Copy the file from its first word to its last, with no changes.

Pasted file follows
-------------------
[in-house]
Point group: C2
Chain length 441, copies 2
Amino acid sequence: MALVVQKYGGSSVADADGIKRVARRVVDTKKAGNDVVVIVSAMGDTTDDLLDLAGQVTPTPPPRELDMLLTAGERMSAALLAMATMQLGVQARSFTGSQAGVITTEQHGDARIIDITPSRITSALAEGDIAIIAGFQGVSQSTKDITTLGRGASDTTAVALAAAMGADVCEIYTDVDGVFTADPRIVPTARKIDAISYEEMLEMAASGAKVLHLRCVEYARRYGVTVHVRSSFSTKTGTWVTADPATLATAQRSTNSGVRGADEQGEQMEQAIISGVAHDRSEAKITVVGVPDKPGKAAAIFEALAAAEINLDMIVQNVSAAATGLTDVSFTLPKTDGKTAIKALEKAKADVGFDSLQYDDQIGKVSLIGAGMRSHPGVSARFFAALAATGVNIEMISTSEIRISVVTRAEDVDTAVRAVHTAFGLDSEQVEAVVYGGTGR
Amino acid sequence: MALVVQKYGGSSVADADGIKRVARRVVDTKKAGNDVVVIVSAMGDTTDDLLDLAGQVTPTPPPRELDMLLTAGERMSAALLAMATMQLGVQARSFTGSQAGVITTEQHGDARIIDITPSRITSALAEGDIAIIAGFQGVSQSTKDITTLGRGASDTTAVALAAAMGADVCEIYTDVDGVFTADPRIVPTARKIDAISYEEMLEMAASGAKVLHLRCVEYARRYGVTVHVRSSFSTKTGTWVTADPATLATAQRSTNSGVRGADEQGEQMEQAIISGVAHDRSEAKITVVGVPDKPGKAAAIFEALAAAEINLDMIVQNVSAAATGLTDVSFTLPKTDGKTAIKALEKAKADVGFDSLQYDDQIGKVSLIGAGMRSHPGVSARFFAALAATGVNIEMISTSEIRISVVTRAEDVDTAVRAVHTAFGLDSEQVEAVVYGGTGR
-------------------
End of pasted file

[in-house]
Point group: C2
Chain length 441, copies 2
Amino acid sequence: MALVVQKYGGSSVADADGIKRVARRVVDTKKAGNDVVVIVSAMGDTTDDLLDLAGQVTPTPPPRELDMLLTAGERMSAALLAMATMQLGVQARSFTGSQAGVITTEQHGDARIIDITPSRITSALAEGDIAIIAGFQGVSQSTKDITTLGRGASDTTAVALAAAMGADVCEIYTDVDGVFTADPRIVPTARKIDAISYEEMLEMAASGAKVLHLRCVEYARRYGVTVHVRSSFSTKTGTWVTADPATLATAQRSTNSGVRGADEQGEQMEQAIISGVAHDRSEAKITVVGVPDKPGKAAAIFEALAAAEINLDMIVQNVSAAATGLTDVSFTLPKTDGKTAIKALEKAKADVGFDSLQYDDQIGKVSLIGAGMRSHPGVSARFFAALAATGVNIEMISTSEIRISVVTRAEDVDTAVRAVHTAFGLDSEQVEAVVYGGTGR
Amino acid sequence: MALVVQKYGGSSVADADGIKRVARRVVDTKKAGNDVVVIVSAMGDTTDDLLDLAGQVTPTPPPRELDMLLTAGERMSAALLAMATMQLGVQARSFTGSQAGVITTEQHGDARIIDITPSRITSALAEGDIAIIAGFQGVSQSTKDITTLGRGASDTTAVALAAAMGADVCEIYTDVDGVFTADPRIVPTARKIDAISYEEMLEMAASGAKVLHLRCVEYARRYGVTVHVRSSFSTKTGTWVTADPATLATAQRSTNSGVRGADEQGEQMEQAIISGVAHDRSEAKITVVGVPDKPGKAAAIFEALAAAEINLDMIVQNVSAAATGLTDVSFTLPKTDGKTAIKALEKAKADVGFDSLQYDDQIGKVSLIGAGMRSHPGVSARFFAALAATGVNIEMISTSEIRISVVTRAEDVDTAVRAVHTAFGLDSEQVEAVVYGGTGR